Lara Marlowe: An Irishwoman’s Diary on paintings that tell the story of war
‘The Irish painter Brian Maguire’s giant canvases of eastern Aleppo are so real one feels one could walk into these streets of devastation’
Irish painter Brian Maguire stands beside one of his paintings of devastated eastern Aleppo, after it was reconquered by Syrian government forces.
Canyons of gutted structures, black, grey and beige against the sky. Shrapnel holes that make walls look like gruyère cheese. Apartment buildings collapsed into stacks of pancaked floors.
The Irish painter Brian Maguire’s giant canvases of eastern Aleppo are so real one feels one could walk into these streets of devastation.
Maguire’s Aleppo paintings are on exhibit at the Wilford X Foundation in Antwerp until the end of September. Seeing them, one can’t help remembering an earlier Maguire painting of the then abandoned Anglo Irish Bank construction site, at the height of the banking crisis.
“As an artist you look for images that can tell the whole story,” Maguire says. “The Anglo Irish building explained what banking had done to Ireland. The Aleppo paintings explain what a civil war does to a country.”
Few images of war show human beings, Maguire notes: Robert Capa’s iconic photograph of the falling Republican soldier in the Spanish civil war; the “napalm girl” and the general executing a suspected communist in Vietnam.
The ruins of a century of wars have also left deep impressions. The siege of Aleppo, which ended last December after a four-year battle, was called Syria’s Stalingrad. Satellite imagery showed more than 33,500 residential buildings partly or completely destroyed, the vast majority in the formerly rebel-held east of Syria’s largest city.
“The remains of buildings are the easiest way to explain warfare,” Maguire continues. “I remember a magnificent photograph from Gaza a few years ago. In the middle of the rubble, a sign said, “The US did this . . . All these things remained in my mind. It’s a kind of editing process.”
Maguire watched news images coming out of Aleppo. They reminded him of second World War photographs. “I got interested on the basis of the buildings,” he recalls. “That’s usually the starting point for buying the airline ticket, that I think there’s some work I can make here that explains what’s going on.”
His work, he says, “is as close as you can get to being a photo-journalist without actually being one”.
For paintings of the Mexican drug war, Maguire “embedded” himself in the newsroom of El Norte newspaper in Juarez for weeks. He pored over the archives, and Mexican journalists offered him photographs which he based his work on.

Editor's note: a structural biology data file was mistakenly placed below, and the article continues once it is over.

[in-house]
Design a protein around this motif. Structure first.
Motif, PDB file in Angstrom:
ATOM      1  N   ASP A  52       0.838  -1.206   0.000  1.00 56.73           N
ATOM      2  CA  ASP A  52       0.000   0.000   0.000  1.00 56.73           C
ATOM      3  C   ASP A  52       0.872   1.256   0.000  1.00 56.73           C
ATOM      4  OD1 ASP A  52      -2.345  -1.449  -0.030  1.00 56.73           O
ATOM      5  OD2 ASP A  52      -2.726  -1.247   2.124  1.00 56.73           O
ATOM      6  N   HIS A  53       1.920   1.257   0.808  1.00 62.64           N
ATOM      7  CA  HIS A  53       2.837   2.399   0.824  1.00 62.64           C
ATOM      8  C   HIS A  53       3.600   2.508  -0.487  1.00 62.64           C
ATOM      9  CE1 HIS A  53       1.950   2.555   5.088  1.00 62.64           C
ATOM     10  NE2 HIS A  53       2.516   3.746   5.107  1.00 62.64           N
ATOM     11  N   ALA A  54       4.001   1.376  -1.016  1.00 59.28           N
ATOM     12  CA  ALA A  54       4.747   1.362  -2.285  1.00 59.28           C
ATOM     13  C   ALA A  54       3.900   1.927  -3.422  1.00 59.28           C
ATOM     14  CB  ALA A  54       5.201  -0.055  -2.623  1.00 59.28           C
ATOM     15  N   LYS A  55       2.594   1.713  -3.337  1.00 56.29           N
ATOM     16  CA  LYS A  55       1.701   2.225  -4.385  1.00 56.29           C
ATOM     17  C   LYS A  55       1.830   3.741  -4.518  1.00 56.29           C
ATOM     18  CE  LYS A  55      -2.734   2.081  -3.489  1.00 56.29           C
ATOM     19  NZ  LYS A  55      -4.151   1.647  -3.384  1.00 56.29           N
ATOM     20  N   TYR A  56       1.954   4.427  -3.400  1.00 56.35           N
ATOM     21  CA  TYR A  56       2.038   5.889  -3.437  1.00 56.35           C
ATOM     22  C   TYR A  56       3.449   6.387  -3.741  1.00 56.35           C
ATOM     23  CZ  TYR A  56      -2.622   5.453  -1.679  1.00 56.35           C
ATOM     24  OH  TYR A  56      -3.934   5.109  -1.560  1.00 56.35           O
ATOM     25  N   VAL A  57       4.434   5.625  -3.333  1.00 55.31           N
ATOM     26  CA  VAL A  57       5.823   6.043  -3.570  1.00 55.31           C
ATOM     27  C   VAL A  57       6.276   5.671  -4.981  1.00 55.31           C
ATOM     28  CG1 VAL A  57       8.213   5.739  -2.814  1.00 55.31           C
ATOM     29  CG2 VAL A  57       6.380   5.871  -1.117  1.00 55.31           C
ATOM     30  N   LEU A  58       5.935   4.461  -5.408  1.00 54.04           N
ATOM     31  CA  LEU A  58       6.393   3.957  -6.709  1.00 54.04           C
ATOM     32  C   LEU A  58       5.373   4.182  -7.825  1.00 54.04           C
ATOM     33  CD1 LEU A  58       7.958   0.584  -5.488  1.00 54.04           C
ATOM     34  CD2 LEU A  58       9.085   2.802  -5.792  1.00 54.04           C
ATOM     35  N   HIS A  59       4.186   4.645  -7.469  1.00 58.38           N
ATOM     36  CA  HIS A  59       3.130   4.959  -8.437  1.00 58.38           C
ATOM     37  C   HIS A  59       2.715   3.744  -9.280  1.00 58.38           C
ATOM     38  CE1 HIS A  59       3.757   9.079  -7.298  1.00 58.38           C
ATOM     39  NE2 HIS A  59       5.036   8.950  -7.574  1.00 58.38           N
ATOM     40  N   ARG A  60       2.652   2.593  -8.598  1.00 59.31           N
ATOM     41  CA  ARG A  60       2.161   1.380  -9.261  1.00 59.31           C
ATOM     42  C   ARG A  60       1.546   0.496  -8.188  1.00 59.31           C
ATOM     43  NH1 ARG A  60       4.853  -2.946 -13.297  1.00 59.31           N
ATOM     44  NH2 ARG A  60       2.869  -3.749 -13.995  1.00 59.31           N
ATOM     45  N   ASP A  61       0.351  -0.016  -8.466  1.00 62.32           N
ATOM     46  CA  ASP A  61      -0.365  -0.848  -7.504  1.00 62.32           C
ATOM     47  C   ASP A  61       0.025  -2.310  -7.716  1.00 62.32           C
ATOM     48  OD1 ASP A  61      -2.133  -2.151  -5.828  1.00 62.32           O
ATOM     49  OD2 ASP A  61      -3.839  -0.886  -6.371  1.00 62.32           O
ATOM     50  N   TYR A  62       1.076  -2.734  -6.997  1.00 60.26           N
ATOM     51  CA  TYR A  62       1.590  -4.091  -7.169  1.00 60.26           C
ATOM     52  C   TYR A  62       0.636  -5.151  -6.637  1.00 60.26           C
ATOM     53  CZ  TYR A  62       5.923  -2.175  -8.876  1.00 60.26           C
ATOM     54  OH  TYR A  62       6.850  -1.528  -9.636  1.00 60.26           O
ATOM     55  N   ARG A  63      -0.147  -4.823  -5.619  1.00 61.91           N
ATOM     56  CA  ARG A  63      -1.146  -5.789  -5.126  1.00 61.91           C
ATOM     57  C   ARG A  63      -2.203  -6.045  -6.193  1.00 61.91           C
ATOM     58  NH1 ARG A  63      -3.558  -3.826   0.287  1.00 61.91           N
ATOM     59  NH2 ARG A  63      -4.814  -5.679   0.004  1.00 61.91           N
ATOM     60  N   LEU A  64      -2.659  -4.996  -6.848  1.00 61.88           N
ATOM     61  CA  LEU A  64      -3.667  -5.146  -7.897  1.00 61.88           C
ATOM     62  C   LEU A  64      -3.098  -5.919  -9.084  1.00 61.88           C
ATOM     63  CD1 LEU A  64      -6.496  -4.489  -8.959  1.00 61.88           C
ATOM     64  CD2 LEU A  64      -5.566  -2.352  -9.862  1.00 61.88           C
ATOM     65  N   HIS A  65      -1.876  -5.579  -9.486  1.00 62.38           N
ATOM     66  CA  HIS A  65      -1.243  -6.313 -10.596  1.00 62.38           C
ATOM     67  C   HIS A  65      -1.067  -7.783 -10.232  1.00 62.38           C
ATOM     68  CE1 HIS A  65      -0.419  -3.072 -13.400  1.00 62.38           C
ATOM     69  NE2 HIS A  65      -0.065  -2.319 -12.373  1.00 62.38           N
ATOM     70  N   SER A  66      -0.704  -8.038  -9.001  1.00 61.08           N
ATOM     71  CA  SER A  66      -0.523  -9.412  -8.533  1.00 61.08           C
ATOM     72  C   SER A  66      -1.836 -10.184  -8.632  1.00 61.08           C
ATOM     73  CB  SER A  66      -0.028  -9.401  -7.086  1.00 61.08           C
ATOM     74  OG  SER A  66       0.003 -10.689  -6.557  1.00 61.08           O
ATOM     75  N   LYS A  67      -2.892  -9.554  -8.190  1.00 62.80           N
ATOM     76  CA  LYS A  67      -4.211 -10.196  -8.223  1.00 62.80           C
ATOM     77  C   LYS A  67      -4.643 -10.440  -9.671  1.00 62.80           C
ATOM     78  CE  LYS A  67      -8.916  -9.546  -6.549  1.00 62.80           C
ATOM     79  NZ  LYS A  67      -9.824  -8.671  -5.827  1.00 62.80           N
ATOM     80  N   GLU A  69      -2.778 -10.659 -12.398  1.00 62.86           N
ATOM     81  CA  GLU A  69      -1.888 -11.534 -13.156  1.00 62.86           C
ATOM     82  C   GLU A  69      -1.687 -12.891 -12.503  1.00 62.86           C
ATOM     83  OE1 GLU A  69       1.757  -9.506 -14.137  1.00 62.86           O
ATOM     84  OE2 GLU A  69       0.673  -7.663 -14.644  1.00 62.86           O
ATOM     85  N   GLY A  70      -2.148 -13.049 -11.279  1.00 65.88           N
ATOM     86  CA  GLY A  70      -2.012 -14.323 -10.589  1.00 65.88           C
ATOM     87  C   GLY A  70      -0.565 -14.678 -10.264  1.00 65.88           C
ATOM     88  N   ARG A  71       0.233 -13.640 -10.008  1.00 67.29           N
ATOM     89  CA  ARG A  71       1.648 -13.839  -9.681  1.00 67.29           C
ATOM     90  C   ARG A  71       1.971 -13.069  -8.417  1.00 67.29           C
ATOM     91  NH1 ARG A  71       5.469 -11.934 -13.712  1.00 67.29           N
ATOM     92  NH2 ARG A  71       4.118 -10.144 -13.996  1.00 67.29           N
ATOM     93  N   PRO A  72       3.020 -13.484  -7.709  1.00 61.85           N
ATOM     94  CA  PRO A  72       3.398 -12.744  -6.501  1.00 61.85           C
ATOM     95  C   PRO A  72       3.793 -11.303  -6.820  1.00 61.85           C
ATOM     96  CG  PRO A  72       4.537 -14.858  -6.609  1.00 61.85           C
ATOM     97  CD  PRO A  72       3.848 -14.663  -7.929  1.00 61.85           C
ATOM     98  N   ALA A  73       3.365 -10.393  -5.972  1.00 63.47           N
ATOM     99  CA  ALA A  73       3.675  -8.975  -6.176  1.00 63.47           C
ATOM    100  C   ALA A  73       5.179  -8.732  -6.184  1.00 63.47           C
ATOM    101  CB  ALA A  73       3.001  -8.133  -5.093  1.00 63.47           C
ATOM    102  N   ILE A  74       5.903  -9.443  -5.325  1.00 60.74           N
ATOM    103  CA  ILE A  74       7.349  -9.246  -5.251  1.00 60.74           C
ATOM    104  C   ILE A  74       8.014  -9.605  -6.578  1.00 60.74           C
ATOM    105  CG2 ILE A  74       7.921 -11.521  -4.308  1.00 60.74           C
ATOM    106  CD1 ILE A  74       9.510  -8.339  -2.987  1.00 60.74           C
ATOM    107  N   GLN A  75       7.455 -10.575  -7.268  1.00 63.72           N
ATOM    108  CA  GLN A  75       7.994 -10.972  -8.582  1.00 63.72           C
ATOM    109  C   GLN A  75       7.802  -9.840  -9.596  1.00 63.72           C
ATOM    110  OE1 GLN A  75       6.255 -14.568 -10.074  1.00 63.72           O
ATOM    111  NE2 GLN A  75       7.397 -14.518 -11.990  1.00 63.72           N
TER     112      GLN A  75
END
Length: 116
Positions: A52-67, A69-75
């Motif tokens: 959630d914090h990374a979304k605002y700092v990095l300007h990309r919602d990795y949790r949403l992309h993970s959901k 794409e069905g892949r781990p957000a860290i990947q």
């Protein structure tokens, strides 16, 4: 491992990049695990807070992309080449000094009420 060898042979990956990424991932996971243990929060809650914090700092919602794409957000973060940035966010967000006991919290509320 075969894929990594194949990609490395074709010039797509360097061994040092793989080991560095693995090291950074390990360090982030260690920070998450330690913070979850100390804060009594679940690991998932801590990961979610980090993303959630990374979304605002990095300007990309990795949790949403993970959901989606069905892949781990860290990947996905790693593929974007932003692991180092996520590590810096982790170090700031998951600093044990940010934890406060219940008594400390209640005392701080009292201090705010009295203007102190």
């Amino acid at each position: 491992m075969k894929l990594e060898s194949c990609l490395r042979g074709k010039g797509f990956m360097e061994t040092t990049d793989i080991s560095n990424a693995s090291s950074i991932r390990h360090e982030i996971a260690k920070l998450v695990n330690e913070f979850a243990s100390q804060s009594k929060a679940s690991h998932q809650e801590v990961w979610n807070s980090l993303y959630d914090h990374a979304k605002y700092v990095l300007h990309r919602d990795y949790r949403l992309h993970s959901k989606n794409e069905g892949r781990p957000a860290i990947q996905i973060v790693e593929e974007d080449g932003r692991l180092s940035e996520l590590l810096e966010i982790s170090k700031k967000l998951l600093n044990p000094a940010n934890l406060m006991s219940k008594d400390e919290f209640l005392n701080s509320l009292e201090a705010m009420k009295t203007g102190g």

“There’s one thing I share with photo-journalists. I actually go there,” he says. “It doesn’t work unless you do that. There’s something about sharing a space with the people who are there that enables you to have some ownership of the images.”
Photographs of soldiers captured by jihadists in Aleppo sparked Maguire’s interest in painting the Syrian civil war. “In the first, their hands were tied with plastic. In the second, they were dead. Executing prisoners is a red line.”
‘I look, I see, I paint’
But as a human being, he adds, “I couldn’t fail to be influenced by what I actually saw, and heard, and was told by the people I met. That was a different story than the one I read in the papers.”
During his 10 days in Syria, Maguire talked to university students in Aleppo and to women and communists who support the regime.
Amnesty International reported in February that the regime executed up to 13,000 people in one prison alone since 2011. The anti-government watchdog Violations Documentation Center reports that more than 1,100 Syrians have been killed in chemical weapons and gas attacks.
Maguire admits that the buildings he has painted were destroyed by Russian and Syrian warplanes.
“The death toll is estimated at hundreds of thousands,” he says. “Every death is laid at (President Bashar al-) Assad’s door, including his own soldiers. It’s nonsense, propaganda.” He likens reports of chemical weapons use to the Bush administration’s fabrication of evidence that Saddam Hussein had Weapons of Mass Destruction.
This vision of the conflict is hotly disputed by human rights groups. But it is now embraced by most of the powers who have a say in its outcome. Washington allied itself, de facto, with Putin’s Russia and the Islamic Republic of Iran when it recently announced it was withdrawing support from anti-Assad groups. The presidents of France and the US no longer say Assad must leave power.